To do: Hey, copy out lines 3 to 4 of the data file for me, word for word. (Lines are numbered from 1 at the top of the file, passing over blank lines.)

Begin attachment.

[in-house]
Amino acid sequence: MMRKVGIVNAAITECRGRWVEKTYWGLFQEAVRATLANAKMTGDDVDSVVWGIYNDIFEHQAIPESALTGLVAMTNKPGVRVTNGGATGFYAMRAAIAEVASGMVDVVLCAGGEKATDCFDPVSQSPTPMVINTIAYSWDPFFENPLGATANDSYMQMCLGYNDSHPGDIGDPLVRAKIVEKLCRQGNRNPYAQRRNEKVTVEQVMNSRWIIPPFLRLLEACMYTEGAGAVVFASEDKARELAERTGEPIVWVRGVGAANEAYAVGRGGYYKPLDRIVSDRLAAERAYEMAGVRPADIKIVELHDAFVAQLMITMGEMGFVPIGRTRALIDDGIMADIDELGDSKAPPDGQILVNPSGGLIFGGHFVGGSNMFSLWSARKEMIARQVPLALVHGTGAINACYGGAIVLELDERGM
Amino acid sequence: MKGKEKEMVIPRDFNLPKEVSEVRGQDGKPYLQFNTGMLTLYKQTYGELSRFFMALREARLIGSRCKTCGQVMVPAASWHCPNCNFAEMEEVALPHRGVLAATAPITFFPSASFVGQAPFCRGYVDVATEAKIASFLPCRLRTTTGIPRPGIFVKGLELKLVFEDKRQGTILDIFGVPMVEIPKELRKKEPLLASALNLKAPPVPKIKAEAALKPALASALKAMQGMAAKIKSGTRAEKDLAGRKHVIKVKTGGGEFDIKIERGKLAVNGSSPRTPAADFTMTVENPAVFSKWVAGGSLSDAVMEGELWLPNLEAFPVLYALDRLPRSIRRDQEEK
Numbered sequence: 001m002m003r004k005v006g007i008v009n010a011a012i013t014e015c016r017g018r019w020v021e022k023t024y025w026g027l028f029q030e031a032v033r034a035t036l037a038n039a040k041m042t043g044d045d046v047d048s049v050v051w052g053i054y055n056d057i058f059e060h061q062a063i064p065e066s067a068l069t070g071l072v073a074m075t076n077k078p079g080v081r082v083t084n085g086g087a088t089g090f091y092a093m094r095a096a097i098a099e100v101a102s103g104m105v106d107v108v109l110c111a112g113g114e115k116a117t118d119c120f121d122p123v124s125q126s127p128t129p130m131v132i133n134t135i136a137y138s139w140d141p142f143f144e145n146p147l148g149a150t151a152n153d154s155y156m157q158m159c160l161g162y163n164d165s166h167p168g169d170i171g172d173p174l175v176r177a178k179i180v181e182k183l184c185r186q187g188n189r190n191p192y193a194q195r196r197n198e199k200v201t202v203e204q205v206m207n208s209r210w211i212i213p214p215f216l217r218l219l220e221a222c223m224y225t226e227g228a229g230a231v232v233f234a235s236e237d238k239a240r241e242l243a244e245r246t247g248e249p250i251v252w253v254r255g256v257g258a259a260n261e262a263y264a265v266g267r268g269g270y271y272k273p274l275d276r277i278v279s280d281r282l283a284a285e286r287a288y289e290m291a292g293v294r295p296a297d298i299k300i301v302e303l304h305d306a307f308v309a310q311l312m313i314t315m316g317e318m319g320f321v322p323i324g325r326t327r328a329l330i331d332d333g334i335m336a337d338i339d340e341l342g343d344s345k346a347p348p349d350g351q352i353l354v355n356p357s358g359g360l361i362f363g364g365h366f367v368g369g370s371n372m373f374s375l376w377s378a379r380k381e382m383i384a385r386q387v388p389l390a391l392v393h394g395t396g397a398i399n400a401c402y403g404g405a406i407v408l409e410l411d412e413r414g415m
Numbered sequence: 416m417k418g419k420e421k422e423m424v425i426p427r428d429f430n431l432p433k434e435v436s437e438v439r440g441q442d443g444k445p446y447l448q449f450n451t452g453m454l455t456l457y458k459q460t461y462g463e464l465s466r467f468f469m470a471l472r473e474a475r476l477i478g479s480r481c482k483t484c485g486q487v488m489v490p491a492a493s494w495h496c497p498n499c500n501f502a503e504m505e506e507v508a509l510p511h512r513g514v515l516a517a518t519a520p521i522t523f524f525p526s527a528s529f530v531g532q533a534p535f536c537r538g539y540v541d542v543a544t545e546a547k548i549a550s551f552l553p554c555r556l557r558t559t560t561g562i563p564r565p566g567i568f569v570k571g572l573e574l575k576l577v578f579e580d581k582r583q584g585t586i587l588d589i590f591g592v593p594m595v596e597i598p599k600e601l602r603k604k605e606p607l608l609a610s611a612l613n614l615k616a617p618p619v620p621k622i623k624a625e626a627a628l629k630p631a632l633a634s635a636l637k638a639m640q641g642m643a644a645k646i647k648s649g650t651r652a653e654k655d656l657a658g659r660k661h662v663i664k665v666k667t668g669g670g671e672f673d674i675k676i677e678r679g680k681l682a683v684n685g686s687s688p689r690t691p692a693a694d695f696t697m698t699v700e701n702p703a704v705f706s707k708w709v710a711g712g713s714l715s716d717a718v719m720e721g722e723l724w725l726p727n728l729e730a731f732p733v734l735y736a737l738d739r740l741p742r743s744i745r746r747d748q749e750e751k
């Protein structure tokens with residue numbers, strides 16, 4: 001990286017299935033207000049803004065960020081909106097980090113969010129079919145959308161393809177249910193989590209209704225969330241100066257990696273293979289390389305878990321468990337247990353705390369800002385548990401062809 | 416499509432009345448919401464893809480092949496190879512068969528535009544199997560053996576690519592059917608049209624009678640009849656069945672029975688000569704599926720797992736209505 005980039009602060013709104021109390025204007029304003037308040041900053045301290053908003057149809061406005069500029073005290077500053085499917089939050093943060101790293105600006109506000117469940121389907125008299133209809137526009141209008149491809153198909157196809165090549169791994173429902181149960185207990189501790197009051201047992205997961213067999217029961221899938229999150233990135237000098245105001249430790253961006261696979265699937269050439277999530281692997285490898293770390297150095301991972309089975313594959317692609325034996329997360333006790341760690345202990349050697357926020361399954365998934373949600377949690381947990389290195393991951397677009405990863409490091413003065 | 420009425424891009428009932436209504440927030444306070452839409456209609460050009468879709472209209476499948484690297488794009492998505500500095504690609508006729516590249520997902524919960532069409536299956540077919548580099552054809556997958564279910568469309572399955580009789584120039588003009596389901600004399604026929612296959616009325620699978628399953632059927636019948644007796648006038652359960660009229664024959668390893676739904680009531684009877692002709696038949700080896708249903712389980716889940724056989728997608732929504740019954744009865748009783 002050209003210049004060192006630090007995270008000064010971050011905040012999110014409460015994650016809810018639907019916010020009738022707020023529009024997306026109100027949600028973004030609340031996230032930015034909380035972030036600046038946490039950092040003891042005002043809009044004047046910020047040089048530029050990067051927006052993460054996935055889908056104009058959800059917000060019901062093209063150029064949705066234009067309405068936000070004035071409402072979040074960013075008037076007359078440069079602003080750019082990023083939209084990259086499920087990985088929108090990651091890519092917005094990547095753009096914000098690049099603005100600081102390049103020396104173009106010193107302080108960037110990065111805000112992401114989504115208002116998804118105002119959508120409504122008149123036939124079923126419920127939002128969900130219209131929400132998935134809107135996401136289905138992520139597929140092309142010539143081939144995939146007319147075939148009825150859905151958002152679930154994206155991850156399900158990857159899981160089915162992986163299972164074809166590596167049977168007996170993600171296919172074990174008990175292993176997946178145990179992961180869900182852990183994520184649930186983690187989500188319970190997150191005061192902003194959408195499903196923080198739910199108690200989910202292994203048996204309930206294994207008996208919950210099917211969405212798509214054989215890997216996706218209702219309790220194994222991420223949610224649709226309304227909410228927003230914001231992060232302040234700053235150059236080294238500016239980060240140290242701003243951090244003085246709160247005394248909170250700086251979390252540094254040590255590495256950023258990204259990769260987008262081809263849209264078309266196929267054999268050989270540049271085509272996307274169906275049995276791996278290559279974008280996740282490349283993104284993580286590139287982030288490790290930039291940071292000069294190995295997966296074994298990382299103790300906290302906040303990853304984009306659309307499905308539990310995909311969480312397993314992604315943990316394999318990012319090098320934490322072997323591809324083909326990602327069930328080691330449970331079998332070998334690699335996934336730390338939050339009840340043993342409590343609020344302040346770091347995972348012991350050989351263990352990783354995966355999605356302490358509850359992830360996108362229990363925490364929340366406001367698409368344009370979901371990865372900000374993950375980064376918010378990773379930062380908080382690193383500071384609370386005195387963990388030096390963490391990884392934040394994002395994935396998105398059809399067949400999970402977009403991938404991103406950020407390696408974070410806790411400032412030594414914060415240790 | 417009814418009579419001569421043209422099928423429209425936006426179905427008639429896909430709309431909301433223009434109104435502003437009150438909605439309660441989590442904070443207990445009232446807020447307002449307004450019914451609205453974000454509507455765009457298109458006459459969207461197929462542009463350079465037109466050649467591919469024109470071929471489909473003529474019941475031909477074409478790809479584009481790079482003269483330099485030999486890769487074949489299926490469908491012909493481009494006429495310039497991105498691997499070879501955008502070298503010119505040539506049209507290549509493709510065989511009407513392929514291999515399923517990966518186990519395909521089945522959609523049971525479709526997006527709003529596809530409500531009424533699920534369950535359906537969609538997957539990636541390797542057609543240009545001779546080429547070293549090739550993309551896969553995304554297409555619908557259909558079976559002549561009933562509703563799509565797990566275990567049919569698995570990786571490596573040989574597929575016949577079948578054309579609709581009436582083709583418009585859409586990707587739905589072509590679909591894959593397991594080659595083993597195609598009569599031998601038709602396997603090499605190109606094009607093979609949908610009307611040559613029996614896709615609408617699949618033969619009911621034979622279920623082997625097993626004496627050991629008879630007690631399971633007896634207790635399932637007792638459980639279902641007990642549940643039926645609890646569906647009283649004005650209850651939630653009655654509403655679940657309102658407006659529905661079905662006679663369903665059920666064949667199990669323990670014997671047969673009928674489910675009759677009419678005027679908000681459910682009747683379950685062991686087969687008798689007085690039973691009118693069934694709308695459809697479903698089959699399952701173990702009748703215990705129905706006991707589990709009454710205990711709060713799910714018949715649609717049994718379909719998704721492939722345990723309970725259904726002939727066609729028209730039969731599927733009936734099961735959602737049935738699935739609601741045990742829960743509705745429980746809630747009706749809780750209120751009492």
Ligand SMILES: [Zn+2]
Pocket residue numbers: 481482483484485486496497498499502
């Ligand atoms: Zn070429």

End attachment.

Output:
Amino acid sequence: MKGKEKEMVIPRDFNLPKEVSEVRGQDGKPYLQFNTGMLTLYKQTYGELSRFFMALREARLIGSRCKTCGQVMVPAASWHCPNCNFAEMEEVALPHRGVLAATAPITFFPSASFVGQAPFCRGYVDVATEAKIASFLPCRLRTTTGIPRPGIFVKGLELKLVFEDKRQGTILDIFGVPMVEIPKELRKKEPLLASALNLKAPPVPKIKAEAALKPALASALKAMQGMAAKIKSGTRAEKDLAGRKHVIKVKTGGGEFDIKIERGKLAVNGSSPRTPAADFTMTVENPAVFSKWVAGGSLSDAVMEGELWLPNLEAFPVLYALDRLPRSIRRDQEEK
Numbered sequence: 001m002m003r004k005v006g007i008v009n010a011a012i013t014e015c016r017g018r019w020v021e022k023t024y025w026g027l028f029q030e031a032v033r034a035t036l037a038n039a040k041m042t043g044d045d046v047d048s049v050v051w052g053i054y055n056d057i058f059e060h061q062a063i064p065e066s067a068l069t070g071l072v073a074m075t076n077k078p079g080v081r082v083t084n085g086g087a088t089g090f091y092a093m094r095a096a097i098a099e100v101a102s103g104m105v106d107v108v109l110c111a112g113g114e115k116a117t118d119c120f121d122p123v124s125q126s127p128t129p130m131v132i133n134t135i136a137y138s139w140d141p142f143f144e145n146p147l148g149a150t151a152n153d154s155y156m157q158m159c160l161g162y163n164d165s166h167p168g169d170i171g172d173p174l175v176r177a178k179i180v181e182k183l184c185r186q187g188n189r190n191p192y193a194q195r196r197n198e199k200v201t202v203e204q205v206m207n208s209r210w211i212i213p214p215f216l217r218l219l220e221a222c223m224y225t226e227g228a229g230a231v232v233f234a235s236e237d238k239a240r241e242l243a244e245r246t247g248e249p250i251v252w253v254r255g256v257g258a259a260n261e262a263y264a265v266g267r268g269g270y271y272k273p274l275d276r277i278v279s280d281r282l283a284a285e286r287a288y289e290m291a292g293v294r295p296a297d298i299k300i301v302e303l304h305d306a307f308v309a310q311l312m313i314t315m316g317e318m319g320f321v322p323i324g325r326t327r328a329l330i331d332d333g334i335m336a337d338i339d340e341l342g343d344s345k346a347p348p349d350g351q352i353l354v355n356p357s358g359g360l361i362f363g364g365h366f367v368g369g370s371n372m373f374s375l376w377s378a379r380k381e382m383i384a385r386q387v388p389l390a391l392v393h394g395t396g397a398i399n400a401c402y403g404g405a406i407v408l409e410l411d412e413r414g415m